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# Roles of Copper and ${\rm O}_{2}^{\overline{\cdot}}$ in the Radiation-Induced Inactivation of T7 Bacteriophage

Amram Samuni, Mordechai Chevion and Gidon Czapski
Vol. 99, No. 3 (Sep., 1984), pp. 562-572
DOI: 10.2307/3576330
Stable URL: http://www.jstor.org/stable/3576330
Page Count: 11
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## Abstract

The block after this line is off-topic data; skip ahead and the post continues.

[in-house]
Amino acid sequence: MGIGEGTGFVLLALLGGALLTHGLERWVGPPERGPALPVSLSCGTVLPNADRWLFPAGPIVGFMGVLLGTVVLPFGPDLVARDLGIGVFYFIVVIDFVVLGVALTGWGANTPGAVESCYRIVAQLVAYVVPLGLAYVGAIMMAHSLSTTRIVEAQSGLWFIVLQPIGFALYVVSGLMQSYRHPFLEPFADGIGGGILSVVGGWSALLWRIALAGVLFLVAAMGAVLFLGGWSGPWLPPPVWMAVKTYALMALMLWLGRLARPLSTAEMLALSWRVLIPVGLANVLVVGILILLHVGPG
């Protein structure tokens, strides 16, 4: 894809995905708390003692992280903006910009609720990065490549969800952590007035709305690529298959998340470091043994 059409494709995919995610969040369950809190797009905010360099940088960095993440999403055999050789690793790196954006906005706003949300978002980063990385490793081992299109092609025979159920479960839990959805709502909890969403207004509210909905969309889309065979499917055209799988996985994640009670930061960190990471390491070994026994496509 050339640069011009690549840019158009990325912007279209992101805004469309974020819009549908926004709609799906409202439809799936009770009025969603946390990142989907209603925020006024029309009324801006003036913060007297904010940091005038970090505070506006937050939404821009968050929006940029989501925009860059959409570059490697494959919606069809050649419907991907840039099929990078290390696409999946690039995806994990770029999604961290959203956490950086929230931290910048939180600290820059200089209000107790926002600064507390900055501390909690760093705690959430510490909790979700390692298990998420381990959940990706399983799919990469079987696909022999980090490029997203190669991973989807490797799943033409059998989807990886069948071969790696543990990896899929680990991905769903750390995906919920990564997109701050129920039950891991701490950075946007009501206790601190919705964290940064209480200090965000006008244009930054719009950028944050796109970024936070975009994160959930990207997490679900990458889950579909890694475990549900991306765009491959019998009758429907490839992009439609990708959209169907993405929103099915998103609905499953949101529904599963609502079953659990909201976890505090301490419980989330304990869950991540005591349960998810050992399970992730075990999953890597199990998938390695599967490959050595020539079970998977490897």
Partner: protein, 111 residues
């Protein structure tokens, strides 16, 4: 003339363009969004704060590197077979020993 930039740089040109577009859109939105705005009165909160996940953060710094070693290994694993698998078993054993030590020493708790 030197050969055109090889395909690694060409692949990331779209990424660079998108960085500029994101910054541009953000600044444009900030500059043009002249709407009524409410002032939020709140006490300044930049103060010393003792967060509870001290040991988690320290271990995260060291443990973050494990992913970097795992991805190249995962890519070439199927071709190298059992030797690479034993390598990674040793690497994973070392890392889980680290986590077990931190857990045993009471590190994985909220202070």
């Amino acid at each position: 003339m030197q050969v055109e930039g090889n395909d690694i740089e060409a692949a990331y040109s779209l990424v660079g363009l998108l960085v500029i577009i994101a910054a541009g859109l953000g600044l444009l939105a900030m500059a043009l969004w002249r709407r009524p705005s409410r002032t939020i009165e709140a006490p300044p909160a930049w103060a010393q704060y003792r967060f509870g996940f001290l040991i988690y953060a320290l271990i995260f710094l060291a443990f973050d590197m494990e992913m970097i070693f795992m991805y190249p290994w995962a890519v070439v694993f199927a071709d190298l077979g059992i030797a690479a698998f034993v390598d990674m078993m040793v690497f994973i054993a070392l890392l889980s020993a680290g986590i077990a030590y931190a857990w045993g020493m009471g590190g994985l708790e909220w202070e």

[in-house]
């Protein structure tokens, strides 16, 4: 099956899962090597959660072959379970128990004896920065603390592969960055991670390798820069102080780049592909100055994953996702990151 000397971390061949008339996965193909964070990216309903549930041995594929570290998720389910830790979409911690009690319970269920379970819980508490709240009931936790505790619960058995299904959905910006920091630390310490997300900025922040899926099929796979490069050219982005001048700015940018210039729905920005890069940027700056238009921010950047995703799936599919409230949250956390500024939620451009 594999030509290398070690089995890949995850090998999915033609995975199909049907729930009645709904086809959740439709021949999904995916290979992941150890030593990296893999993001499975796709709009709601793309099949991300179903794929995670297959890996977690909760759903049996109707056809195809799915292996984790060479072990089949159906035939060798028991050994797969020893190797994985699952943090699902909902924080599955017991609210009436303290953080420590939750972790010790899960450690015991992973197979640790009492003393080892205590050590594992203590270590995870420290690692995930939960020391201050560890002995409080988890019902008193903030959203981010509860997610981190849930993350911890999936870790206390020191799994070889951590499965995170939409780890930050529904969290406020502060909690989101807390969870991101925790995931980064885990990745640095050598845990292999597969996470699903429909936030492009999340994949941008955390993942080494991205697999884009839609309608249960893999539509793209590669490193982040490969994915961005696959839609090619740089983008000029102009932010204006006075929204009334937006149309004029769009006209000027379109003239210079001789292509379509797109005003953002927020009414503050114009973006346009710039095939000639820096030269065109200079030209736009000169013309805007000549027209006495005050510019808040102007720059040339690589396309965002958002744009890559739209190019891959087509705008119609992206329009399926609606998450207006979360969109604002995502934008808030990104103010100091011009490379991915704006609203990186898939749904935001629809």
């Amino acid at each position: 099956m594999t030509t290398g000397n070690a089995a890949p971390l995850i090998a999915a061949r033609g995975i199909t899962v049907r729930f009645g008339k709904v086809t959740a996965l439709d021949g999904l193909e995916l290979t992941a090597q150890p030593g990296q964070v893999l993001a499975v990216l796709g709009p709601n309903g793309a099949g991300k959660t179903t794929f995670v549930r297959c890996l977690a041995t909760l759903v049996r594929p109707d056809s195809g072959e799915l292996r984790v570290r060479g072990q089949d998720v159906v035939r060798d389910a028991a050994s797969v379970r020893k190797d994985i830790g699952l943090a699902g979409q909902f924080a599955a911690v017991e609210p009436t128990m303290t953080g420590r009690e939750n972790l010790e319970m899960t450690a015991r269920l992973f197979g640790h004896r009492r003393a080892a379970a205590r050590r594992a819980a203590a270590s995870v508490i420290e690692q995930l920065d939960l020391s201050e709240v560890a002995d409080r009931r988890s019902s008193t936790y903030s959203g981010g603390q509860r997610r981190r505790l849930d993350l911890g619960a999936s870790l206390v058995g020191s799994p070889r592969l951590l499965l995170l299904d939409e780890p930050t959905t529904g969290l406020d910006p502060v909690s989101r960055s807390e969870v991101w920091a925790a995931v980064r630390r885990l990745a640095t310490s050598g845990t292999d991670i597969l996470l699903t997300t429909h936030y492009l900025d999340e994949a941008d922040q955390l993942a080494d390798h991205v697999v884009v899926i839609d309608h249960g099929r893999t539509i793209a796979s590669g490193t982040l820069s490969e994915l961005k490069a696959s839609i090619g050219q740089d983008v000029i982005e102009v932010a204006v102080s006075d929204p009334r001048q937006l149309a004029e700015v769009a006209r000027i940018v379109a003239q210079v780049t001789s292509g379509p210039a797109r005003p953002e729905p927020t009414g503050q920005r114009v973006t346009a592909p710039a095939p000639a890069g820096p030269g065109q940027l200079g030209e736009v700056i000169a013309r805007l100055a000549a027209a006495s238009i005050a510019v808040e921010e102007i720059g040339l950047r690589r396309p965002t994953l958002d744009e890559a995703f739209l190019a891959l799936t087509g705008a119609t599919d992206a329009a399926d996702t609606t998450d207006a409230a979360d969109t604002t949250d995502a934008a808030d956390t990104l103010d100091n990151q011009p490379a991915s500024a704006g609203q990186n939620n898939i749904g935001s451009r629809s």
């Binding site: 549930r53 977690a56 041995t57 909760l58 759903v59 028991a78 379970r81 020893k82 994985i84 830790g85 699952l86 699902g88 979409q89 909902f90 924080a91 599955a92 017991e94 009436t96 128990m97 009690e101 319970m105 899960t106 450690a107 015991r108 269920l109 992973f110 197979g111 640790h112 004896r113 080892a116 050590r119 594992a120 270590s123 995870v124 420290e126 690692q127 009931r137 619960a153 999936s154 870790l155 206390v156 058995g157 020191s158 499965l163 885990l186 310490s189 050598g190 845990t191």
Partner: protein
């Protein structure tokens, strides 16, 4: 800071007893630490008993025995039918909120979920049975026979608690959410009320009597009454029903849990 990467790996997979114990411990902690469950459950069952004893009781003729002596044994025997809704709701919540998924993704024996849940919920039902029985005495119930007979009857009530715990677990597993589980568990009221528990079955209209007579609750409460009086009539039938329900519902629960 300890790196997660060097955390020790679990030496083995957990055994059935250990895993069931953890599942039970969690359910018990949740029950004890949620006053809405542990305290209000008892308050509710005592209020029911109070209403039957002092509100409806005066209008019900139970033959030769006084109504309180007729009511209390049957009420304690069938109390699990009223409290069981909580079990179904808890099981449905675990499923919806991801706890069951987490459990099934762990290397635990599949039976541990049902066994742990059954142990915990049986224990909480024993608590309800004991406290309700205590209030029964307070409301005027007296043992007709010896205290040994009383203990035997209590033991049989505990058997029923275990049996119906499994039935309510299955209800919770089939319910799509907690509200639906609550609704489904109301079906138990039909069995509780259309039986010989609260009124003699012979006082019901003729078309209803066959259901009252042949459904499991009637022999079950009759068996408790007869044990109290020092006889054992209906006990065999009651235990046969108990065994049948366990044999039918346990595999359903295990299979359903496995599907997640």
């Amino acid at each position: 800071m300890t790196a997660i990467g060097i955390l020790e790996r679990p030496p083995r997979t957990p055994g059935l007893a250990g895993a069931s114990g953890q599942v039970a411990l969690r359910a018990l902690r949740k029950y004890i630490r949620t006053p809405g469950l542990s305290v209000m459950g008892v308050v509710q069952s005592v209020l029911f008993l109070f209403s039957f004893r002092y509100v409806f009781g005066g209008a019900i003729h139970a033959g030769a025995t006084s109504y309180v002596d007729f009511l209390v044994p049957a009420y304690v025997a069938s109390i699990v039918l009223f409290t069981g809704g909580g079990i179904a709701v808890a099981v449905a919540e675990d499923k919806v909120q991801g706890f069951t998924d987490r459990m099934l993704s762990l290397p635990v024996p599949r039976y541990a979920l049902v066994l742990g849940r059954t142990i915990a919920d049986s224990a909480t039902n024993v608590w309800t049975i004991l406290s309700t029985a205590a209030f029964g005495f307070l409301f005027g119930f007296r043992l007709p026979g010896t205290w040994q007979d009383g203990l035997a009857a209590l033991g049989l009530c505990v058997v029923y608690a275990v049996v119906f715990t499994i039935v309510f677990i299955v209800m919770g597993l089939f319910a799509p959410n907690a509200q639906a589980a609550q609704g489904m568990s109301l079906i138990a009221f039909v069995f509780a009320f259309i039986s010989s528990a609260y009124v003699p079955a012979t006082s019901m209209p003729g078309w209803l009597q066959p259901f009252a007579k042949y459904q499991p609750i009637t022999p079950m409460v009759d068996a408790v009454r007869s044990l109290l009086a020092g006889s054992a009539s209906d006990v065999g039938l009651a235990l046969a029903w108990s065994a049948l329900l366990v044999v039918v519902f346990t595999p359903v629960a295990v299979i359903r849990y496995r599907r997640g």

The effect of copper on the radiation damage induced in T7 bacteriophage has been investigated. The phages were γ-irradiated and the effects of copper(II) ions in the presence of various additives and radical scavengers were examined in an attempt to better understand the effect of transition metal ions on the role of free radicals, particularly superoxide, in biological damage. The present work extends a study previously done on isolated enzyme to a whole biological entity. Copper(II) ions even at very low concentrations enhanced the lethal effect of radiation. This sensitization was observed in both the presence and the absence of oxygen. The effect of copper could be reverted by chelating agents such as EDTA or 1,10-phenanthroline. Hydrogen peroxide enhanced the sensitizing effect of copper, though little if any protection was provided by catalase or SOD. High molecular weight scavengers of free radicals in the presence of both copper(II) and hydrogen peroxide had no protective effect. (This is in contrast to metal-free systems where, although such scavengers are incapable of penetrating the phages, they protect them against inactivation.) These scavengers, without added H2 O2, afforded only slight protection to the irradiated phages in the presence of Cu. Low molecular weight scavengers of free radicals reduced but did not eliminate the sensitizing effect of copper. The sensitizing effect of copper was also observed with other T-odd phages, but not with the T-even series. Copper(II) ions under similar experimental conditions did not sensitize T4 or T2 phages but rather had a protective effect. The results are interpreted in terms of a site-specific Fenton mechanism according to which the binding of the metal ion to the phages is a prerequisite for the occurrence of the biological damage. The results also indicate that most of the copper effect is endogenous. This is in accord with the failure of copper to sensitize the T-even phages, which differ by the rigidity and permeability of their outer coat structures.

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